– Cosmic Eclipse
February 5, 2020
Ratings are based on a 1 to 5 scale. 1 is horrible. 3 is average. 5 is great.
Details: Meowth V-Max demonstrates what V-Max cards could or could not be capable of. This seems to be a hybrid of Mega Evolution (except that it doesn’t end your turn) while having considerably higher HP than most Tag Teams and still being worth 3 prizes. It’s only attack, G-Max Gold Rush, does 200 damage for 4 energy and lets you draw 3 cards. Despite having only one attack, it is decent enough to land 2HKOs plus a bit of overkill such that Great Potion wouldn’t have mattered. And the extra three cards would be nice as long as your hand doesn’t get tampered with, and sadly, there’s a lot out there that can discard some cards from your hand or shuffle them into their deck.
But because it only has one attack, it suffers from effects that prevent you from using a specific attack, and in turn, becomes a sitting duck. Also, there’s Zamazenta-V that takes no damage from Pokémon V-Max, so that could be a serious hurdle to overcome. It doesn’t help that there isn’t much ability denial, and even Power Plant suffers from outdated mechanics because it only affects Pokémon-EX/GX but NOT Pokemon-V.
Being the first Pokemon V-Max, if you really want to experience this new mechanic, then by all means experiment them. Otherwise, you should wait for the actual Sword & Shield expansion to be released, as it does have couple other Pokémon V-Max cards that could actually be the centerpiece of a deck such as Snorlax, Lapras, Morpeko, and Stonjourner. I know I enjoyed using Morpeko V-Max during my participation but probably not the intended way I would play it (Unlimited Format League) (I did not ran or have Poke Dolls).
We follow-up yesterday’s review by covering Meowth VMAX (SS – Black Star Promos SWSH005). The “VMAX” is indeed part of the card’s name but also it’s Stage. VMAX Pokémon can only evolve from the corresponding Pokémon V. There are no added complications when it comes to evolving into a Pokémon VMAX, the way there was with Mega Evolving; as long as the Pokémon V in question has been in play long enough to evolve and matches the “evolves from” text, you just play the VMAX onto it and continue your turn as normal. There is a catch, though; VMAX Pokémon are worth three Prizes when KO’d!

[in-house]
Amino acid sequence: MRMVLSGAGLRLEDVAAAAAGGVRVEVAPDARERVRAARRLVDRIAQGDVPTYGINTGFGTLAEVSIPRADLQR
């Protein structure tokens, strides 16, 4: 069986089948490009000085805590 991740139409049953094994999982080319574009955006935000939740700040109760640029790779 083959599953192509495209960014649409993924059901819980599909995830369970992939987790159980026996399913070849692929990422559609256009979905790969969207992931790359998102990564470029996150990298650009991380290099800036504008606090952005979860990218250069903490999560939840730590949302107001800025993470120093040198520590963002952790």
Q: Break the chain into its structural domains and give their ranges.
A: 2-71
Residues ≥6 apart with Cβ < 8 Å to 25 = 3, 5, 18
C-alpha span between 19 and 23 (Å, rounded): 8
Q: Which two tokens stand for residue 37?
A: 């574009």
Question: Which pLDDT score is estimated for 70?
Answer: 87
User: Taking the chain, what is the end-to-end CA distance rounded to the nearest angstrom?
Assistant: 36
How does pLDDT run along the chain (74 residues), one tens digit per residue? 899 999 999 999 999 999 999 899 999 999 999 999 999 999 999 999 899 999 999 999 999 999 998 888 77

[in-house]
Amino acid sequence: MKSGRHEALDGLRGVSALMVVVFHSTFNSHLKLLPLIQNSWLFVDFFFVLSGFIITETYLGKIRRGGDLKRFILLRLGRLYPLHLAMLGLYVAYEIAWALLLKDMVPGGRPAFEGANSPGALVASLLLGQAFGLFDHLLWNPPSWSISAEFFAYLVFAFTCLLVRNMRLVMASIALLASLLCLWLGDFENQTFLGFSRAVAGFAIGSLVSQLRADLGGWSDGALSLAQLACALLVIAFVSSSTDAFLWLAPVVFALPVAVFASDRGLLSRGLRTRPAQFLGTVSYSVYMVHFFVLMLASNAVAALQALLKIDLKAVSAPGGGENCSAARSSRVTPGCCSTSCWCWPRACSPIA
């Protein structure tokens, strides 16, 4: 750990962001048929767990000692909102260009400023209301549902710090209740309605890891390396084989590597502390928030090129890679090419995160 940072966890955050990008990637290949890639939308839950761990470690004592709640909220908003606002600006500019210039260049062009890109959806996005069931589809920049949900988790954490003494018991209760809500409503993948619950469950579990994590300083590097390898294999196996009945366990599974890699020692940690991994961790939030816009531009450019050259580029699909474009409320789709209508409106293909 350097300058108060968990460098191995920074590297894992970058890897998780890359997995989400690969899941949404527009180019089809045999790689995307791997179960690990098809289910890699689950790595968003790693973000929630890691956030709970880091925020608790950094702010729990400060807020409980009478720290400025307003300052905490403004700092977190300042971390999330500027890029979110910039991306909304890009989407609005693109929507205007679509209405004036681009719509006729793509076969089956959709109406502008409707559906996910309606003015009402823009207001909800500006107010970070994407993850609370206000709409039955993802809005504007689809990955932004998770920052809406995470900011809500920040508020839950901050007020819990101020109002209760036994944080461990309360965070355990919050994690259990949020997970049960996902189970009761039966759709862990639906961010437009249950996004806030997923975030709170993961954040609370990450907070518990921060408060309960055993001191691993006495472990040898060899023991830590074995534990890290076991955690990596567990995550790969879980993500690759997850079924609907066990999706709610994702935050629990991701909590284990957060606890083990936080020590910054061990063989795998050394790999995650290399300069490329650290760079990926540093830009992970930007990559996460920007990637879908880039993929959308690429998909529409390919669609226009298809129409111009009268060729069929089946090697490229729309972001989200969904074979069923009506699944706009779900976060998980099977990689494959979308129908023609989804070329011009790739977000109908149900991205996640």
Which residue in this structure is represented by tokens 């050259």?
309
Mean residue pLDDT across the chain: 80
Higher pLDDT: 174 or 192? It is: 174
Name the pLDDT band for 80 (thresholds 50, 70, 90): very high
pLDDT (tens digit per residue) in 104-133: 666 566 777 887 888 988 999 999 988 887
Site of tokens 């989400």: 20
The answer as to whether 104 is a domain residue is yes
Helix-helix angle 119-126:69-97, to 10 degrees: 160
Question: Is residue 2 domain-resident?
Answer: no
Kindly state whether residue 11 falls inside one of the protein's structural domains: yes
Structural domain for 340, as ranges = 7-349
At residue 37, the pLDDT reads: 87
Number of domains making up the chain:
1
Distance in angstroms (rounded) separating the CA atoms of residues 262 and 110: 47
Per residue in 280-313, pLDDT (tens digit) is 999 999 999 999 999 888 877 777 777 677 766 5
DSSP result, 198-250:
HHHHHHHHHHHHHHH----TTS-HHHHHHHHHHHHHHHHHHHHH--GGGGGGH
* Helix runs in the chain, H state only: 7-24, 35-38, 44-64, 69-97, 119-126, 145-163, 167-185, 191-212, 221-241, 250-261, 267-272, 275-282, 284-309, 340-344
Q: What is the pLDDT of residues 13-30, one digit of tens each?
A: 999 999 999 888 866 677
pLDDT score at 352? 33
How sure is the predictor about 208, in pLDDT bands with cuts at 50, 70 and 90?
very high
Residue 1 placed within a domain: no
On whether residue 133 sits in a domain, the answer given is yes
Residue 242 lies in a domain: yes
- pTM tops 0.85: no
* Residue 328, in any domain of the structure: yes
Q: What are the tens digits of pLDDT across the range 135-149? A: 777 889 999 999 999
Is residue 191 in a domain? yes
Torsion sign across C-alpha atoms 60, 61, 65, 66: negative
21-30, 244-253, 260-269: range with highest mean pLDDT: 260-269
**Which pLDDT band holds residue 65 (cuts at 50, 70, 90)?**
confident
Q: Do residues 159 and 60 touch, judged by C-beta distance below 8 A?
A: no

Meowth VMAX is a [C] Type Pokémon, so it won’t ever hit for Weakness or Resistance, barring pre-Expanded cards or possibly some combo I may have forgotten. You can utilize [C] Type support but may run into anti-[C] effects, however both are only found in the Expanded Format, and not seen too often in competitive decks. Meowth VMAX has 300 HP, tying the previous maximum printed HP score set by Magikarp & Wailord-GX, and affirmed by Moltres & Zapdos & Articuno-GX. The current maximum is 340, set by Snorlax V. I believe 300 HP is still enough to tank, though admitted not as effectively as it once did.
[F] Weakness may be a problem; while currently a minor issue, there are some [F] Type hopefuls that may make the Type a little more common in terms of attackers. They still need to do 150 before Weakness for the OHKO, however. Lack of Resistance may be good for game balance, but even a single Type pairing where Meowth VMAX enjoyed taking 30 less damage. The Retreat Cost of [CC] is okay; not too bad to pay, but not too good, either. There is a new Tool, with an English name I haven’t been able to confirm, that reduces the Retreat Cost of the equipped Pokémon by two.
Meowth VMAX has a single attack, and it ain’t cheap. [CCCC] isn’t impossible to pay in a single turn, but it will require some Energy acceleration. A Triple Acceleration Energy alone won’t do the job, though Welder plus Triple Acceleration Energy would. Your reward is a good (but not great) 200 damage, and drawing three cards. With the newer, high HP scores we’re seeing, this should usually be good for a 2HKO. Is that enough? Three cards being drawn should help with various control strategies, so I think it just might be, at least with 300 HP backing Meowth VMAX.
Again, we looked at Meowth V yesterday: it didn’t seem like it would really help or hurt Meowth VMAX. While it does need Energy acceleration to help it out, those [C] Type Energy requirements mean it could function in a variety of decks. Until Sword & Shield officially becomes tournament legal, it is also our only Pokémon VMAX, which could give it a slight edge. There are counters specific to Pokémon V and Pokémon VMAX, but just one of each and they’re in the Sword & Shield set proper. Even after that point, Meowth VMAX has just enough HP, damage, and draw power it could have a place in a few decks.